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Alan Mills, legal director, Uptown People's Law Center

"He started off with three and a half years and ended up with life." —Alan Mills


First-person accounts from off the beaten track, as told to Anne Ford

"In the late 60s, as the coal mines in Appalachia were closing down, there was a huge migration from the coalfields to Chicago. As they got older, they began to have problems from black lung disease. They applied for disability benefits, and were told by the Social Security offices, 'There are no coal miners in Chicago. Go back to Appalachia.' They wanted to get health care, and they were told, 'We don't know anything about black lung. That's a problem in the south.'

"So they found this lawyer, Jim Chapman, and he said, 'That's a breach of duty. You're entitled to money.' The Uptown People's Law Center was incorporated in 1978. Nowadays it's me, another lawyer, an executive director, two paralegals, and a receptionist. Our executive director is the granddaughter of coal miners.

"We do a little bit of everything: public benefits; landlord-tenant work; and prisoners' civil rights, which does not mean getting anybody out of prison. We're talking about violations of constitutional rights after someone's been convicted.

"One of the things we're working on right now involves Tamms, Illinois's supermax prison. In general, people at Tamms spend 23 hours a day alone, 365 days a year. There are some people who have been in that situation for 13 years.

"We have a class-action case pending saying that prisoners in Illinois are not provided with mental health treatment that complies with the Constitution. They are treating mental illness as a disciplinary problem rather than a medical problem. It doesn't matter if they're getting medication; the fact that they're being held in this sort of isolation means they're going to get worse.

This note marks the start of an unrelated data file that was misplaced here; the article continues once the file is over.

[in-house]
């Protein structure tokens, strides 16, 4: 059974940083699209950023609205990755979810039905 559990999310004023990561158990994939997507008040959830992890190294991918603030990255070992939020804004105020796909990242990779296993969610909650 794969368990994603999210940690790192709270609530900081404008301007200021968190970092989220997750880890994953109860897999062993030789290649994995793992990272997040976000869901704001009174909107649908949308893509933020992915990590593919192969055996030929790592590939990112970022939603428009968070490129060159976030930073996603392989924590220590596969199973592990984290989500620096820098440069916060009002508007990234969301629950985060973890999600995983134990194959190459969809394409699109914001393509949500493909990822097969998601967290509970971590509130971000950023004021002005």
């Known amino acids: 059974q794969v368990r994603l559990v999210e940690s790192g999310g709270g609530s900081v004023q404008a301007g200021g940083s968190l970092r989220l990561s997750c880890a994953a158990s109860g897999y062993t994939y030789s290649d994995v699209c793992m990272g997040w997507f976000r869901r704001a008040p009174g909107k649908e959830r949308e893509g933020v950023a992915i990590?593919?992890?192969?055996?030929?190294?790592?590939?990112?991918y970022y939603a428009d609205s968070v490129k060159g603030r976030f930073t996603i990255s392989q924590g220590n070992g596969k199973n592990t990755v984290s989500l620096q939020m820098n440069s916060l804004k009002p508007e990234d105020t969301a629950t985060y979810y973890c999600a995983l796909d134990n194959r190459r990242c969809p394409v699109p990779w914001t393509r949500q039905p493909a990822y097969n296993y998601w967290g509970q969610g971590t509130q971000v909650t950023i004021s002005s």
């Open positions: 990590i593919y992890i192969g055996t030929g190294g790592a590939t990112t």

"The vast majority of guys are in supermax either because they are mentally ill and so have a hard time conforming to prison rules, or because they were active litigators, or because they were labeled by the Department of Corrections as having some influence in a gang. You've got some who committed murder. At the opposite end of the spectrum is Anthony Gay. He went in on a burglary and got a seven-year sentence. With good behavior, he would have done three and a half years. He is severely mentally ill and got a lot worse in prison. He did things like spit on guards and throw feces on guards repeatedly, which we contend are symptoms of his mental illness, and now has a 99-year sentence. He started off with three and a half years and ended up with life.

"It's a culture which is broken. The prison system as a whole has about a 50 percent recidivism rate. It's the only product where there's a 50 percent failure rate and our solution is: let's build a lot more. If 50 percent of our cars had a recall, nobody would say, 'Let's just build twice as many cars.'"

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